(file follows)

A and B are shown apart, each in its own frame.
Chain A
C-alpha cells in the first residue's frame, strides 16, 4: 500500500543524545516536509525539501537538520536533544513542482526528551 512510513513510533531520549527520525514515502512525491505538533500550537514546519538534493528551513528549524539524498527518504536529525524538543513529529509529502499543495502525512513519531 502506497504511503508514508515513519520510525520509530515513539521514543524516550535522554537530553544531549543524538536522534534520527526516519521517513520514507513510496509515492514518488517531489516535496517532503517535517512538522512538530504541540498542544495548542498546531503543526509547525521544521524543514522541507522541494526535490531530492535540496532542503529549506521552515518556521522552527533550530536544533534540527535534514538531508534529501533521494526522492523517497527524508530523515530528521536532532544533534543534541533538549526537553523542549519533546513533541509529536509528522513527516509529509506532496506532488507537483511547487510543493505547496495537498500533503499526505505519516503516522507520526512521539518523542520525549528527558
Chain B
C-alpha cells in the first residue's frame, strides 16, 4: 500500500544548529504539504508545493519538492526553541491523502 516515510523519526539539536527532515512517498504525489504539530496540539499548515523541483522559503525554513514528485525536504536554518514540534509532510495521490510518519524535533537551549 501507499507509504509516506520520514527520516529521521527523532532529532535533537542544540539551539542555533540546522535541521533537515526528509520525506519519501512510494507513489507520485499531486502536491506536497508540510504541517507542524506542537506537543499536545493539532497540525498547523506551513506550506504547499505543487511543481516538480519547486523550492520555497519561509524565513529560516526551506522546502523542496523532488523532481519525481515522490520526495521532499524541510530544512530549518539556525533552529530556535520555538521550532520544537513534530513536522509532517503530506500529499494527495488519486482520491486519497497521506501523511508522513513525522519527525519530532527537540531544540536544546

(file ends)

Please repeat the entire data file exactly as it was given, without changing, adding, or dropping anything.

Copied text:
A and B are shown apart, each in its own frame.
Chain A
C-alpha cells in the first residue's frame, strides 16, 4: 500500500543524545516536509525539501537538520536533544513542482526528551 512510513513510533531520549527520525514515502512525491505538533500550537514546519538534493528551513528549524539524498527518504536529525524538543513529529509529502499543495502525512513519531 502506497504511503508514508515513519520510525520509530515513539521514543524516550535522554537530553544531549543524538536522534534520527526516519521517513520514507513510496509515492514518488517531489516535496517532503517535517512538522512538530504541540498542544495548542498546531503543526509547525521544521524543514522541507522541494526535490531530492535540496532542503529549506521552515518556521522552527533550530536544533534540527535534514538531508534529501533521494526522492523517497527524508530523515530528521536532532544533534543534541533538549526537553523542549519533546513533541509529536509528522513527516509529509506532496506532488507537483511547487510543493505547496495537498500533503499526505505519516503516522507520526512521539518523542520525549528527558
Chain B
C-alpha cells in the first residue's frame, strides 16, 4: 500500500544548529504539504508545493519538492526553541491523502 516515510523519526539539536527532515512517498504525489504539530496540539499548515523541483522559503525554513514528485525536504536554518514540534509532510495521490510518519524535533537551549 501507499507509504509516506520520514527520516529521521527523532532529532535533537542544540539551539542555533540546522535541521533537515526528509520525506519519501512510494507513489507520485499531486502536491506536497508540510504541517507542524506542537506537543499536545493539532497540525498547523506551513506550506504547499505543487511543481516538480519547486523550492520555497519561509524565513529560516526551506522546502523542496523532488523532481519525481515522490520526495521532499524541510530544512530549518539556525533552529530556535520555538521550532520544537513534530513536522509532517503530506500529499494527495488519486482520491486519497497521506501523511508522513513525522519527525519530532527537540531544540536544546